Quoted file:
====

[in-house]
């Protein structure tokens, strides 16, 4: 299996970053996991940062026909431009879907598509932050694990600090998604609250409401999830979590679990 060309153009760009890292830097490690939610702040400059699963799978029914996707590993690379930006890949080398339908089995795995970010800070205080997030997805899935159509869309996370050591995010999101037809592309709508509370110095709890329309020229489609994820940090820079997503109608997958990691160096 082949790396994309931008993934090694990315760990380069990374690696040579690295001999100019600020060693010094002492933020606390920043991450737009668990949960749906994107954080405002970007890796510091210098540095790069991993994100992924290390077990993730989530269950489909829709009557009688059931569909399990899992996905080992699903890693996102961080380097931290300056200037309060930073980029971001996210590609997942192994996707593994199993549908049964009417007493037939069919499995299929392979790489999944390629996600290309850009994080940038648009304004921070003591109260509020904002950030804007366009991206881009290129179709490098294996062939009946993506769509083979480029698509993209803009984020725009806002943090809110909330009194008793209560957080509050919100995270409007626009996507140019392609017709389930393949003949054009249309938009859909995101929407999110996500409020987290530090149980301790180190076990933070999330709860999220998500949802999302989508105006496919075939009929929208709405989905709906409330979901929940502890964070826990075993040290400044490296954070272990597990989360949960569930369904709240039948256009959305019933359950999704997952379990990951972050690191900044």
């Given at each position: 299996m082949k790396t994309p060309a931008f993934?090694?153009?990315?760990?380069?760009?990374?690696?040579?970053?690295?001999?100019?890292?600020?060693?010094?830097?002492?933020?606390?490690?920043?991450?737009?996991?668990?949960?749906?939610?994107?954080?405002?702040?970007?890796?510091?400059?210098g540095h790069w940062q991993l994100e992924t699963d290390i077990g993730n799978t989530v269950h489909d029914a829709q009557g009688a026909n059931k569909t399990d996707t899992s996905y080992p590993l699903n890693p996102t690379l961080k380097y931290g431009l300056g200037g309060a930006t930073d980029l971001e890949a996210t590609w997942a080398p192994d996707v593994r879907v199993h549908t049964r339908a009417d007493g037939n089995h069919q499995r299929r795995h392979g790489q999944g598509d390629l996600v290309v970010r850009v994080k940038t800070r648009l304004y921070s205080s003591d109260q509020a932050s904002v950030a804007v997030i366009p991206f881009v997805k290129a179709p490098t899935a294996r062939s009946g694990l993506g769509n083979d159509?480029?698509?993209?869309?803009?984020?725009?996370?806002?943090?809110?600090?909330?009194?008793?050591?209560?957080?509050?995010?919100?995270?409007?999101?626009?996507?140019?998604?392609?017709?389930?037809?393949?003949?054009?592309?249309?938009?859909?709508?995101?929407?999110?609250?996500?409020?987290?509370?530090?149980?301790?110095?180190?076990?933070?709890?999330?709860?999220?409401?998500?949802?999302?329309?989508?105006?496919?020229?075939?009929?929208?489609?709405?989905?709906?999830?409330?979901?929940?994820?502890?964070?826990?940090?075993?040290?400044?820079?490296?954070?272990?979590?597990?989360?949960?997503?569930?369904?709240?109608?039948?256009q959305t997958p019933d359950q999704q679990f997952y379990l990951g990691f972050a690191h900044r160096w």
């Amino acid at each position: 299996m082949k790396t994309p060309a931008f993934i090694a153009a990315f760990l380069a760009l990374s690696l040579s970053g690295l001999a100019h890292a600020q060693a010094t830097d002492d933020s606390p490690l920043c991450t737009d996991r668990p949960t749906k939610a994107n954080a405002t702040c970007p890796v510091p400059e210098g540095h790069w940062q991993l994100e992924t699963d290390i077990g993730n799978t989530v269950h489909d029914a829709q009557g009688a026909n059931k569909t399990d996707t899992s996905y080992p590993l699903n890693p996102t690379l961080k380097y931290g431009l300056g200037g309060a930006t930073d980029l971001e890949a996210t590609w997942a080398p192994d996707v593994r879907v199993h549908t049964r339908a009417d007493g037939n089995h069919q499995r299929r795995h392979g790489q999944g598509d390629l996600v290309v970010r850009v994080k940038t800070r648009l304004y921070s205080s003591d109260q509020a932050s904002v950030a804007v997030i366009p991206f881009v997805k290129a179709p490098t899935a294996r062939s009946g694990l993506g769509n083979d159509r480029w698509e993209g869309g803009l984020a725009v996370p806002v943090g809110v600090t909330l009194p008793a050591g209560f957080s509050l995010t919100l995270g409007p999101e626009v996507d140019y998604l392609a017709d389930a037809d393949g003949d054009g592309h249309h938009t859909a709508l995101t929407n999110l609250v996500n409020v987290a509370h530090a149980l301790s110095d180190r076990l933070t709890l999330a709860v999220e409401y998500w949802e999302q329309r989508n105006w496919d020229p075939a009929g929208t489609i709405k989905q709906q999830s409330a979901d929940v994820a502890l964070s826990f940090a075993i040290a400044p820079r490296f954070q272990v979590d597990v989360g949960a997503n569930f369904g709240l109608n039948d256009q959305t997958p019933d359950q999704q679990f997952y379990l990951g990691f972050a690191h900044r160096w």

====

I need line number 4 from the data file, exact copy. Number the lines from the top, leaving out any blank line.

């Amino acid at each position: 299996m082949k790396t994309p060309a931008f993934i090694a153009a990315f760990l380069a760009l990374s690696l040579s970053g690295l001999a100019h890292a600020q060693a010094t830097d002492d933020s606390p490690l920043c991450t737009d996991r668990p949960t749906k939610a994107n954080a405002t702040c970007p890796v510091p400059e210098g540095h790069w940062q991993l994100e992924t699963d290390i077990g993730n799978t989530v269950h489909d029914a829709q009557g009688a026909n059931k569909t399990d996707t899992s996905y080992p590993l699903n890693p996102t690379l961080k380097y931290g431009l300056g200037g309060a930006t930073d980029l971001e890949a996210t590609w997942a080398p192994d996707v593994r879907v199993h549908t049964r339908a009417d007493g037939n089995h069919q499995r299929r795995h392979g790489q999944g598509d390629l996600v290309v970010r850009v994080k940038t800070r648009l304004y921070s205080s003591d109260q509020a932050s904002v950030a804007v997030i366009p991206f881009v997805k290129a179709p490098t899935a294996r062939s009946g694990l993506g769509n083979d159509r480029w698509e993209g869309g803009l984020a725009v996370p806002v943090g809110v600090t909330l009194p008793a050591g209560f957080s509050l995010t919100l995270g409007p999101e626009v996507d140019y998604l392609a017709d389930a037809d393949g003949d054009g592309h249309h938009t859909a709508l995101t929407n999110l609250v996500n409020v987290a509370h530090a149980l301790s110095d180190r076990l933070t709890l999330a709860v999220e409401y998500w949802e999302q329309r989508n105006w496919d020229p075939a009929g929208t489609i709405k989905q709906q999830s409330a979901d929940v994820a502890l964070s826990f940090a075993i040290a400044p820079r490296f954070q272990v979590d597990v989360g949960a997503n569930f369904g709240l109608n039948d256009q959305t997958p019933d359950q999704q679990f997952y379990l990951g990691f972050a690191h900044r160096w």